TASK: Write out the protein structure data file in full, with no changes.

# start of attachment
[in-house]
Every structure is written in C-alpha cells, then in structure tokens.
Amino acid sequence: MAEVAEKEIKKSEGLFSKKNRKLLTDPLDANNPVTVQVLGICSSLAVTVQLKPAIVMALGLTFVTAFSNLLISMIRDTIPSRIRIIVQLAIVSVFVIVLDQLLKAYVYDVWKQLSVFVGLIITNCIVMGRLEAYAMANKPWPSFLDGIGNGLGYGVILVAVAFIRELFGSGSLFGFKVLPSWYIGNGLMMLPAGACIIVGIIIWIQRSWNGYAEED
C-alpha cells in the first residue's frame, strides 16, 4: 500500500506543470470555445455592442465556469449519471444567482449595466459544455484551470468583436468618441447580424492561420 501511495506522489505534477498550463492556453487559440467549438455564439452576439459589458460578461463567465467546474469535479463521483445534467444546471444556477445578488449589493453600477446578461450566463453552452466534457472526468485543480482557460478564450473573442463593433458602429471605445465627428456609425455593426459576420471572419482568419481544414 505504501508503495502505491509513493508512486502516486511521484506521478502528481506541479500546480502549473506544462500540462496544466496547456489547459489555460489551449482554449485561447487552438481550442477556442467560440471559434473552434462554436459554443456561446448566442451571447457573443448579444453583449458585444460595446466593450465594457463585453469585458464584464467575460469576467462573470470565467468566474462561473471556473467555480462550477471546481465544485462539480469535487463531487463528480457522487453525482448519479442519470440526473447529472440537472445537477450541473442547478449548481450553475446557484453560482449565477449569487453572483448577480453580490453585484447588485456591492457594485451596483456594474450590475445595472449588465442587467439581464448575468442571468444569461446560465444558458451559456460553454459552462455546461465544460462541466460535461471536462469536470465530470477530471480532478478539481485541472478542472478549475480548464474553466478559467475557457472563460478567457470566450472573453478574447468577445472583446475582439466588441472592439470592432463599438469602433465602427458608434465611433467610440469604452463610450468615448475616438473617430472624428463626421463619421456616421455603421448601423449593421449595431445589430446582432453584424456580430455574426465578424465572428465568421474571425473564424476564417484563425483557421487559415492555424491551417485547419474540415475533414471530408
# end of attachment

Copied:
[in-house]
Every structure is written in C-alpha cells, then in structure tokens.
Amino acid sequence: MAEVAEKEIKKSEGLFSKKNRKLLTDPLDANNPVTVQVLGICSSLAVTVQLKPAIVMALGLTFVTAFSNLLISMIRDTIPSRIRIIVQLAIVSVFVIVLDQLLKAYVYDVWKQLSVFVGLIITNCIVMGRLEAYAMANKPWPSFLDGIGNGLGYGVILVAVAFIRELFGSGSLFGFKVLPSWYIGNGLMMLPAGACIIVGIIIWIQRSWNGYAEED
C-alpha cells in the first residue's frame, strides 16, 4: 500500500506543470470555445455592442465556469449519471444567482449595466459544455484551470468583436468618441447580424492561420 501511495506522489505534477498550463492556453487559440467549438455564439452576439459589458460578461463567465467546474469535479463521483445534467444546471444556477445578488449589493453600477446578461450566463453552452466534457472526468485543480482557460478564450473573442463593433458602429471605445465627428456609425455593426459576420471572419482568419481544414 505504501508503495502505491509513493508512486502516486511521484506521478502528481506541479500546480502549473506544462500540462496544466496547456489547459489555460489551449482554449485561447487552438481550442477556442467560440471559434473552434462554436459554443456561446448566442451571447457573443448579444453583449458585444460595446466593450465594457463585453469585458464584464467575460469576467462573470470565467468566474462561473471556473467555480462550477471546481465544485462539480469535487463531487463528480457522487453525482448519479442519470440526473447529472440537472445537477450541473442547478449548481450553475446557484453560482449565477449569487453572483448577480453580490453585484447588485456591492457594485451596483456594474450590475445595472449588465442587467439581464448575468442571468444569461446560465444558458451559456460553454459552462455546461465544460462541466460535461471536462469536470465530470477530471480532478478539481485541472478542472478549475480548464474553466478559467475557457472563460478567457470566450472573453478574447468577445472583446475582439466588441472592439470592432463599438469602433465602427458608434465611433467610440469604452463610450468615448475616438473617430472624428463626421463619421456616421455603421448601423449593421449595431445589430446582432453584424456580430455574426465578424465572428465568421474571425473564424476564417484563425483557421487559415492555424491551417485547419474540415475533414471530408